Free agent Wolf confirms Mets' interest
Left-hander could replace Perez in New York's rotation
NEW YORK -- The need for an additional left-handed pitcher in the Mets' rotation seems to increase with each day that Oliver Perez doesn't re-sign. The trades that removed Scott Schoeneweis and Aaron Heilman from the Mets' roster made the bullpen almost frighteningly susceptible to left-handed hitting. And then there is the matter of the Phillies' batting order and its recently increased left-handed predominance.
And Randy Wolf, as left-handed as any pitcher this (port) side of Randy Tomlin, is quite available.
Circumstances that developed since Thursday strongly suggest the Mets and Wolf could benefit mutually from an arrangement based on supply and demand. If nothing else, the Mets' need and Wolf's left-handedness are worthy of a good, loud "Hmmmm."
The Mets appear to be beyond the connect-the-dots stage with the veteran pitcher. Wolf himself acknowledged as much Monday night during a telephone conversation. The Mets, he said, have been in contact with his agent, Arn Tellem, and, in Wolf's words, "have shown some interest." It is hardly a surprising state of affairs.
Since the day Perez filed for free agency, a void has existed in the Mets' rotation. And that void appears greater now that the Phillies could have three left-handed-hitting run producers -- Chase Utley, Ryan Howard and new left fielder Raul Ibanez -- in the middle of their regular batting order. "I'm not sure how [the Mets] would see that," Wolf said. "But I'd think that would play into it." Of course, teams other than the Mets play the Phillies and have need for righty-lefty balance in their rotations. The Mets are hardly alone in their interest in Wolf.
"There's been significant interest, especially since [CC] Sabathia and [A.J.] Burnett signed," he said. The Yankees, Orioles, Dodgers, Braves and Giants are thought to have interest. The 32-year-old Wolf preferred not to discuss his other suitors.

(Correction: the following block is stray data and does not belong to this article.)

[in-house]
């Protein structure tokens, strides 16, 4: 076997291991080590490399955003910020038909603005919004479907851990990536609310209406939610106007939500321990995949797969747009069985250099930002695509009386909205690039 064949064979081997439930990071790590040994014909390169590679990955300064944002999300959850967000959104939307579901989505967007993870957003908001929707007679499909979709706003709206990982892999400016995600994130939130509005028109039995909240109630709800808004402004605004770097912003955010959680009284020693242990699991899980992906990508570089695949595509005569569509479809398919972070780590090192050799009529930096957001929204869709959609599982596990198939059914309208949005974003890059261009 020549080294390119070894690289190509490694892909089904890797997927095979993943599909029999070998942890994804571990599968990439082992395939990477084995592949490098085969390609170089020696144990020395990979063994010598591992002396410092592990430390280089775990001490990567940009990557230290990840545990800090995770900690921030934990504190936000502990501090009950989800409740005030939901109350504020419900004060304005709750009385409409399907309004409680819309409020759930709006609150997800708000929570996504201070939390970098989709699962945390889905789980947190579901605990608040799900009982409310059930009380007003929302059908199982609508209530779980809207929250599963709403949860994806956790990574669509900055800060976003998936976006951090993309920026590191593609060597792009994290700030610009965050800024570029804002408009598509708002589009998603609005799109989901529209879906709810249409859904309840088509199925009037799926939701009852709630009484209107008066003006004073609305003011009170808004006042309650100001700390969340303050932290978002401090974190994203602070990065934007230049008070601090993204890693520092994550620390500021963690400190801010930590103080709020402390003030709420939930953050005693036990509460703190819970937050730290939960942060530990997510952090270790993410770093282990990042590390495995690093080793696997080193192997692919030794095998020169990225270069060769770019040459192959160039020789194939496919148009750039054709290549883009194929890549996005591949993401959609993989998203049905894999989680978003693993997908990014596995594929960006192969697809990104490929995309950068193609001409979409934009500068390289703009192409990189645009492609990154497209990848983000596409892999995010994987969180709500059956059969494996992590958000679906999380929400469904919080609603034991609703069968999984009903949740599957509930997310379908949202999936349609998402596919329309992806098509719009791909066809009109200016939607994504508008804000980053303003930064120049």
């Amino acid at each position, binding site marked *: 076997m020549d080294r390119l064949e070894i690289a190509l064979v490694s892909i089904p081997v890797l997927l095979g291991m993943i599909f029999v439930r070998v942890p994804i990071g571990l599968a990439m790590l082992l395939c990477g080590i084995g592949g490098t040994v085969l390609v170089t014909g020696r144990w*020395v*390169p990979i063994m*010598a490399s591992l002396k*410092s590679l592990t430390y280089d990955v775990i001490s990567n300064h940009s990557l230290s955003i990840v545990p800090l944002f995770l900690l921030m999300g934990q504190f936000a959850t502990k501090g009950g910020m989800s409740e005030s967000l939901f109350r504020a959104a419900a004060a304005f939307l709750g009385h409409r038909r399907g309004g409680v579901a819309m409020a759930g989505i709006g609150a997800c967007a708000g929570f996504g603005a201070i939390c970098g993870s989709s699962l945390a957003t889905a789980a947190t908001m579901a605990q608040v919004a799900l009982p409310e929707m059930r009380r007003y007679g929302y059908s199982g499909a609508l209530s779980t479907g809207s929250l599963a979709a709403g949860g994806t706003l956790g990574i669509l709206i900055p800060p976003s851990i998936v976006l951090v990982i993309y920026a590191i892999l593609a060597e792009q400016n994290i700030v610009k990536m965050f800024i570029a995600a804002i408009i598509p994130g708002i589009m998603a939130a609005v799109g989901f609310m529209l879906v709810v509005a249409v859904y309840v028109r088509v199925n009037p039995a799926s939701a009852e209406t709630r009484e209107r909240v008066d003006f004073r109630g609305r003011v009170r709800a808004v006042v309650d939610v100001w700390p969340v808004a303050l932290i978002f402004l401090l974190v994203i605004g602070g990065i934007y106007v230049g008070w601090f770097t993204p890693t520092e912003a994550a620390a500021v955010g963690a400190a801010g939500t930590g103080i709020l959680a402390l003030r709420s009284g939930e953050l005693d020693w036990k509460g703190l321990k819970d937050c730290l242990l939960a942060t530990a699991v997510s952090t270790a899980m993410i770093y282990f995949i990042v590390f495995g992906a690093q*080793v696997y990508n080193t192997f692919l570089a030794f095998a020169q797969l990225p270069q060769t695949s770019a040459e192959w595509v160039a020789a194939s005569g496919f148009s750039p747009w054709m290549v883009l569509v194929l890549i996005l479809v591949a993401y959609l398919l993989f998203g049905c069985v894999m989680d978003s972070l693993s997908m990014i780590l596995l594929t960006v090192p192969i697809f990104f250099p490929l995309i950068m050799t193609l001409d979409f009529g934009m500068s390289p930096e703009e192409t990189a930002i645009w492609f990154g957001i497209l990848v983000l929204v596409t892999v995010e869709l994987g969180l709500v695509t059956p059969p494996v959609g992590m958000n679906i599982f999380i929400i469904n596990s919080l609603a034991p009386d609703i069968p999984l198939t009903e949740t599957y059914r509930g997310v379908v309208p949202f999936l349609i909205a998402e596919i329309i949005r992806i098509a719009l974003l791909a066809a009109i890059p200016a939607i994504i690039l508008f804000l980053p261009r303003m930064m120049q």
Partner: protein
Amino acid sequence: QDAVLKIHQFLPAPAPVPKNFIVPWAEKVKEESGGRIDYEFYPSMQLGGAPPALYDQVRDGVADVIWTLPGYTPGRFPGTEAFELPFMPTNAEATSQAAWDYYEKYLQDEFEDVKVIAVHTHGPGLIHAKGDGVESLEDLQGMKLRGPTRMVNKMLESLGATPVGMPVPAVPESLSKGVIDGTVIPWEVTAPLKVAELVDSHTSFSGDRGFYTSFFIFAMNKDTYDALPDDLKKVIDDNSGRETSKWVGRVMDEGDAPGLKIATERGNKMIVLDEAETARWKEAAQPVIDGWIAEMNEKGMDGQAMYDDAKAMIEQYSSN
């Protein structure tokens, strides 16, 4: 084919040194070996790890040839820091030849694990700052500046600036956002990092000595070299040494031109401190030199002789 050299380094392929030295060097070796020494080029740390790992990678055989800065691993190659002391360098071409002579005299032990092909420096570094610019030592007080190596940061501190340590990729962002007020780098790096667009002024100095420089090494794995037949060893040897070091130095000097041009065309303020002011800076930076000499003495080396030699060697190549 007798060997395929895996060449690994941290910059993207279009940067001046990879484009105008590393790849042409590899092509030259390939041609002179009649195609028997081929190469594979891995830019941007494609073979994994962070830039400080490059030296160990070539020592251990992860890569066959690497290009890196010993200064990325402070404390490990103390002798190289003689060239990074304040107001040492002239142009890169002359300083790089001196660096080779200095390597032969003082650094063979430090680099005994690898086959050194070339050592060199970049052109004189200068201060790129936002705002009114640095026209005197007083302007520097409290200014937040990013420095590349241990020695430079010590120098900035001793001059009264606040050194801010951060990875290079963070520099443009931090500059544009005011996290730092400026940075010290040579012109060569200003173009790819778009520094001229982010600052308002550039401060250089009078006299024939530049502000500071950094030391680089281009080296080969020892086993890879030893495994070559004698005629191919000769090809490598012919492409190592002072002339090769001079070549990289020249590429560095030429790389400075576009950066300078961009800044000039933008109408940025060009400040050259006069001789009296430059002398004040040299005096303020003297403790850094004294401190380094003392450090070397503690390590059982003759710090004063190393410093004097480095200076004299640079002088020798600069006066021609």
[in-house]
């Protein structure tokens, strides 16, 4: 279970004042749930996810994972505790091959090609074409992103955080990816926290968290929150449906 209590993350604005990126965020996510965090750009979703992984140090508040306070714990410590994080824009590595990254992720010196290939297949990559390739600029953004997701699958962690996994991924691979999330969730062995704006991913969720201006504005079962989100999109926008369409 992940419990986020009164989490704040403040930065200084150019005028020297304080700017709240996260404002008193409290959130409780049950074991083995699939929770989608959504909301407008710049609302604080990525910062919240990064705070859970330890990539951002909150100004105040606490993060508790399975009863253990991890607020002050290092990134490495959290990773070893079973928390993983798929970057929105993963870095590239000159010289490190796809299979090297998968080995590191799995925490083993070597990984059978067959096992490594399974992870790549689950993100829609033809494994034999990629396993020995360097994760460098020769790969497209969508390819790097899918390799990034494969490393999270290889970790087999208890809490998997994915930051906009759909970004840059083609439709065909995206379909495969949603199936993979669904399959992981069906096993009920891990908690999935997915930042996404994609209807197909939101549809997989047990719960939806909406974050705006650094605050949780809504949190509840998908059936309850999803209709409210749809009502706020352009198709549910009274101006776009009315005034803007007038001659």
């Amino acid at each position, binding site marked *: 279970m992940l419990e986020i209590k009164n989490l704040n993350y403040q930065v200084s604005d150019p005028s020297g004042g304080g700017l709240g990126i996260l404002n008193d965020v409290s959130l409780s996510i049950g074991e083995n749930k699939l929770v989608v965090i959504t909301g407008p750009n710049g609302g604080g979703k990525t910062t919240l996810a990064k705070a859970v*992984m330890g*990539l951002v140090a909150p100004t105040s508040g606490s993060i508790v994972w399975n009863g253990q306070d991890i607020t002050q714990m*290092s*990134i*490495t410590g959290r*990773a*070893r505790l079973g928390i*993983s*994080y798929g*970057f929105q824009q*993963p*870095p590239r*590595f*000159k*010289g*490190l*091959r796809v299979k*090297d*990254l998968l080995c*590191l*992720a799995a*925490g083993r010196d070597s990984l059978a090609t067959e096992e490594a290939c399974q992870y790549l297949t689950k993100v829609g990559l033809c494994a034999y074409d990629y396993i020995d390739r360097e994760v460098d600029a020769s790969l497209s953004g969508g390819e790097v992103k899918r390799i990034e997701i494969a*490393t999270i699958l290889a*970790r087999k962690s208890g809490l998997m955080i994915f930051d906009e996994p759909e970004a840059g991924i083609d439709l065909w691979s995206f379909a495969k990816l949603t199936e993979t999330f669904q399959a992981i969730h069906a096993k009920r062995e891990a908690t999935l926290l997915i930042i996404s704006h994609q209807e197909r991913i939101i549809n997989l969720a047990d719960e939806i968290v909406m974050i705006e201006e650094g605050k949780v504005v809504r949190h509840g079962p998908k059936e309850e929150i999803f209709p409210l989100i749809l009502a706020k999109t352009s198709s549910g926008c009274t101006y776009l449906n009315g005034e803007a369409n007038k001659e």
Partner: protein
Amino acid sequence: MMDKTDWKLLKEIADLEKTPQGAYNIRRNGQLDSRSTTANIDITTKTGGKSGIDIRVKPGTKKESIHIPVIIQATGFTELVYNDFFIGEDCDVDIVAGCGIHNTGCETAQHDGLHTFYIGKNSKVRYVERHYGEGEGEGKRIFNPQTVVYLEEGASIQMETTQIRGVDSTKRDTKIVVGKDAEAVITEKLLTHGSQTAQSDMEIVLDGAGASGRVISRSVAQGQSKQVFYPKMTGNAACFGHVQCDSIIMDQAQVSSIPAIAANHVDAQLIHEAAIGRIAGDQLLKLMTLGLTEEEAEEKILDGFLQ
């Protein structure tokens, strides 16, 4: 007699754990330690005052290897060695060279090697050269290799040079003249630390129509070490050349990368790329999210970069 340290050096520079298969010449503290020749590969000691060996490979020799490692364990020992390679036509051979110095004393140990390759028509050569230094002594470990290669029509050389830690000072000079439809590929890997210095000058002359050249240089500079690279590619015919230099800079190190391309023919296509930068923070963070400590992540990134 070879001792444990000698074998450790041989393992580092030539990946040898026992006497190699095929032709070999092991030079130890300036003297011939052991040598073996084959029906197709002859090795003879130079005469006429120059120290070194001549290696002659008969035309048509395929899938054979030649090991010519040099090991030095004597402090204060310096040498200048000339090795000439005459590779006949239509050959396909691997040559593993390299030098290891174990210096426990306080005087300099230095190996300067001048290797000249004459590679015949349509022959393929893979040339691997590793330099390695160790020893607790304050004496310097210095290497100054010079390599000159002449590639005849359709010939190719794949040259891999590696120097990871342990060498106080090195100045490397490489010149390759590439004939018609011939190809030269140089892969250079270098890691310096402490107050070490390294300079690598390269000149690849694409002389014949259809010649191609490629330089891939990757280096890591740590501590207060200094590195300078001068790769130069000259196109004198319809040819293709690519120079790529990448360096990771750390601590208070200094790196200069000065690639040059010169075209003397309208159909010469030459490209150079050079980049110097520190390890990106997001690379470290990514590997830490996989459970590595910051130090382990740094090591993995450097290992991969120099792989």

The Mets have some appeal to him, seemingly the same appeal the Yankees would have -- they are likely to be a competitive team, and they play in the Northeast. "I like the intensity of the fans in the Northeast," Wolf says.
He is quite familiar with the area, though he is a native of California. He spent the first eight of his 10 big league seasons with the Phillies. "Everyone's accountable in the Northeast," he said. "You hear it if you have a bad game, and you'll hear it you have a good one. It was that way in Philly, and I'm sure it's that way in New York."
Not that the Mets' needs are urgent; they demonstrated a deliberate approach in their successful pursuit of Francisco Rodriguez until they applied the full court press last week at the Winter Meetings. But with Perez represented by Scott Boras, who makes negotiations feel like a taffy pull, Wolf is likely to reach his decision before Perez and allow his new club to go about its business.
Moreover, he is likely to be less expensive than the younger, more erratic Perez, who is certain to seek significantly more than the $6.5 million he was awarded in an arbitration case against the Mets in February. Wolf earned more than Perez in 2008, $8 million, but his base salary was $4.75 million.
Perez could return; general manager Omar Minaya handicapped the situation as 50-50. Or the Mets could import Wolf. Chances of both happening appear slim, even though the only apparent certainties in the rotation number three -- Johan Santana, Mike Pelfrey and John Maine. Rookie Jon Niese is only a possibility.
Wolf produced a 12-12 record with the Padres and Astros last season, winning six of eight decisions with the Astros after July 22. His 10-year career has produced a 90-78 record and 4.26 ERA. He has an 11-5 record and a 3.34 ERA in 28 career starts against the Mets, so signing him could spare them some eventual challenges.
Marty Noble is a reporter for MLB.com. This story was not subject to the approval of Major League Baseball or its clubs.